- Open Access
Myogenesis of Malacostraca – the “egg-nauplius” concept revisited
© Jirikowski et al.; licensee BioMed Central Ltd. 2013
Received: 24 July 2013
Accepted: 27 November 2013
Published: 11 December 2013
Malacostracan evolutionary history has seen multiple transformations of ontogenetic mode. For example direct development in connection with extensive brood care and development involving planktotrophic nauplius larvae, as well as intermediate forms are found throughout this taxon. This makes the Malacostraca a promising group for study of evolutionary morphological diversification and the role of heterochrony therein. One candidate heterochronic phenomenon is represented by the concept of the ‘egg-nauplius’, in which the nauplius larva, considered plesiomorphic to all Crustacea, is recapitulated as an embryonic stage.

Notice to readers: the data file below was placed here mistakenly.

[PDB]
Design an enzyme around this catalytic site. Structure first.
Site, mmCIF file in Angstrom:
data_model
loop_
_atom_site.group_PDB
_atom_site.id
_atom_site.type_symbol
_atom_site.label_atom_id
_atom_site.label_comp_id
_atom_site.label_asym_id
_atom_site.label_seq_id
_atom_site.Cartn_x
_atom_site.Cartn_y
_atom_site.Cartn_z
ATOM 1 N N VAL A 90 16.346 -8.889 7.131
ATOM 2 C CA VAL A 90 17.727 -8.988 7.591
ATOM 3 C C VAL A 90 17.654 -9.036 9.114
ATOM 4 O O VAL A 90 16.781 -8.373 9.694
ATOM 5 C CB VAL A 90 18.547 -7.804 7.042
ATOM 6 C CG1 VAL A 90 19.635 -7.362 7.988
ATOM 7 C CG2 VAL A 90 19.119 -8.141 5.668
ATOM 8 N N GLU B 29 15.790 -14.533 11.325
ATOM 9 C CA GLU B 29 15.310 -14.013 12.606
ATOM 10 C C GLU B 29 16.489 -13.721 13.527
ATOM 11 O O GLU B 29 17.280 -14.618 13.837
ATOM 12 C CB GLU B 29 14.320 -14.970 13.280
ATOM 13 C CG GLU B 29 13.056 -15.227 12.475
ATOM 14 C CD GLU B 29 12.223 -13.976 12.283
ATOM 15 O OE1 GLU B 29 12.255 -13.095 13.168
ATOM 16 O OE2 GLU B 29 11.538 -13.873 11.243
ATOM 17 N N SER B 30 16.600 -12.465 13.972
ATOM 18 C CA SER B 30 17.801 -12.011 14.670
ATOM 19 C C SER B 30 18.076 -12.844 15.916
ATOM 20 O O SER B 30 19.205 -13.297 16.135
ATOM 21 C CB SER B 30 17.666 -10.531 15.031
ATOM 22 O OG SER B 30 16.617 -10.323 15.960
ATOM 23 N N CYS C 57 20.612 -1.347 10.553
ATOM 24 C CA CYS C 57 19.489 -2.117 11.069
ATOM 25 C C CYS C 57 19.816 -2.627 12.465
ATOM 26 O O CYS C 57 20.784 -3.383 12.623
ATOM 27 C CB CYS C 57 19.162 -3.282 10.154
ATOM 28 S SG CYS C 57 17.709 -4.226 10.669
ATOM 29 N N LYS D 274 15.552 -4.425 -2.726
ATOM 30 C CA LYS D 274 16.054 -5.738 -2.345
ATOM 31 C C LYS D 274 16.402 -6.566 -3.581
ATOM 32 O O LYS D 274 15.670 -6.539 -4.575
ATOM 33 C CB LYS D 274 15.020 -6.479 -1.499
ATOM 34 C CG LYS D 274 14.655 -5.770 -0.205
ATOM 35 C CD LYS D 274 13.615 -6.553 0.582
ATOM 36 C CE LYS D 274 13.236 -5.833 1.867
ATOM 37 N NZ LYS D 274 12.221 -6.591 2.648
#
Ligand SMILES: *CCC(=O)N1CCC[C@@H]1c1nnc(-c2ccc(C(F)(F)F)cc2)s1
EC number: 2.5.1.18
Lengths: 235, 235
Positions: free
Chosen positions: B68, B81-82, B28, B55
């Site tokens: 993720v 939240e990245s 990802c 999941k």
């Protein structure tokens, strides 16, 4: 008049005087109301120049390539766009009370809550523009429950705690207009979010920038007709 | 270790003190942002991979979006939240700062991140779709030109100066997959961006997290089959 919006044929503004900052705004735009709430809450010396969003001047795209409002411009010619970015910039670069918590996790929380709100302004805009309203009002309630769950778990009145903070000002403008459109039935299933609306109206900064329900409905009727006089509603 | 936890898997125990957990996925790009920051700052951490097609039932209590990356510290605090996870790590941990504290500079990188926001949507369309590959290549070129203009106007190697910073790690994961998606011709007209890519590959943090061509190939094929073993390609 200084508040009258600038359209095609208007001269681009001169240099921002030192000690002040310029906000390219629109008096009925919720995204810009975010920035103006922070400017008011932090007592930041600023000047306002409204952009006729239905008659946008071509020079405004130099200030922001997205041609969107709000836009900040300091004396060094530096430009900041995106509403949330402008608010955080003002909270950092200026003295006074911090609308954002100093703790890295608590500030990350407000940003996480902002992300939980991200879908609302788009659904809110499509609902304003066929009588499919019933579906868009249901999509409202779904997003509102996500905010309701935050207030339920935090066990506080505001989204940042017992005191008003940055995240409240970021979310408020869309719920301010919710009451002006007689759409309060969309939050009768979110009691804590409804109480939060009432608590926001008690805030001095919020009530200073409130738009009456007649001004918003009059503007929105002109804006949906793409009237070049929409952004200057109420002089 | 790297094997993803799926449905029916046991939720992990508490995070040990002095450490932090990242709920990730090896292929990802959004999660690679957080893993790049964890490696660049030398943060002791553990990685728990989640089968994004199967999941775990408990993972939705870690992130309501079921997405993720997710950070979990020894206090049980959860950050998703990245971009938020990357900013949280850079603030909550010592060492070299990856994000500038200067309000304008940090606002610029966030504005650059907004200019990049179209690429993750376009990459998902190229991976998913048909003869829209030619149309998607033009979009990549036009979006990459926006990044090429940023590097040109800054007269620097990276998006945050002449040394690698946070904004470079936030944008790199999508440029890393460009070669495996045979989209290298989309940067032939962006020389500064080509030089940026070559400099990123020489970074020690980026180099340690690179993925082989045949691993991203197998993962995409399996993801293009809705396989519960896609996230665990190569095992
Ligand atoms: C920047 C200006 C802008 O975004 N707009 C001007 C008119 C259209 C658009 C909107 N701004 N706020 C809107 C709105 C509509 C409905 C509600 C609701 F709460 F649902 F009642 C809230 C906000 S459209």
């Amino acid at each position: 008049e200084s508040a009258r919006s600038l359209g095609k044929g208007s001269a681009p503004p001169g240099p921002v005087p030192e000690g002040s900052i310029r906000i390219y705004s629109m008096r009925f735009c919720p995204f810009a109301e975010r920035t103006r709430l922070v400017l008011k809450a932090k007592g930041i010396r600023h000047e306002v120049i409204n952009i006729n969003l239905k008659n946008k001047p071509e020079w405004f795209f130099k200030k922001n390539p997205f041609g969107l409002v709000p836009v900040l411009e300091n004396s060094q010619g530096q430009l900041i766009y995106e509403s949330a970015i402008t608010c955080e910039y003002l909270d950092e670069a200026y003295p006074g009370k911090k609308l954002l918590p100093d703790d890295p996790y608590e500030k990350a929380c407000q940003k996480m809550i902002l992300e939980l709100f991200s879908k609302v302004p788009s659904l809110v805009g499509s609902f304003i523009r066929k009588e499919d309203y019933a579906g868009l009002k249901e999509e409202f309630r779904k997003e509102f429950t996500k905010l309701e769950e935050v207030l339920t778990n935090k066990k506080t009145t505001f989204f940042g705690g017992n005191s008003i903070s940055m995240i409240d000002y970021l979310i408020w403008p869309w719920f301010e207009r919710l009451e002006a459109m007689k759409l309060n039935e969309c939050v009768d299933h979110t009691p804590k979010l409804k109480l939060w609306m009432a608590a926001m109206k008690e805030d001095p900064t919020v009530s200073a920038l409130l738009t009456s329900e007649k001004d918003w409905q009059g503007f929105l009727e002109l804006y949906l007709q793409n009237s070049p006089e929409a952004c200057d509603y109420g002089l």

Here we present a comparative investigation of embryonic muscle differentiation in four representatives of Malacostraca: Gonodactylaceus falcatus (Stomatopoda), Neocaridina heteropoda (Decapoda), Neomysis integer (Mysida) and Parhyale hawaiensis (Amphipoda). We describe the patterns of muscle precursors in different embryonic stages to reconstruct the sequence of muscle development, until hatching of the larva or juvenile. Comparison of the developmental sequences between species reveals extensive heterochronic and heteromorphic variation. Clear anticipation of muscle differentiation in the nauplius segments, but also early formation of longitudinal trunk musculature independently of the teloblastic proliferation zone, are found to be characteristic to stomatopods and decapods, all of which share an egg-nauplius stage.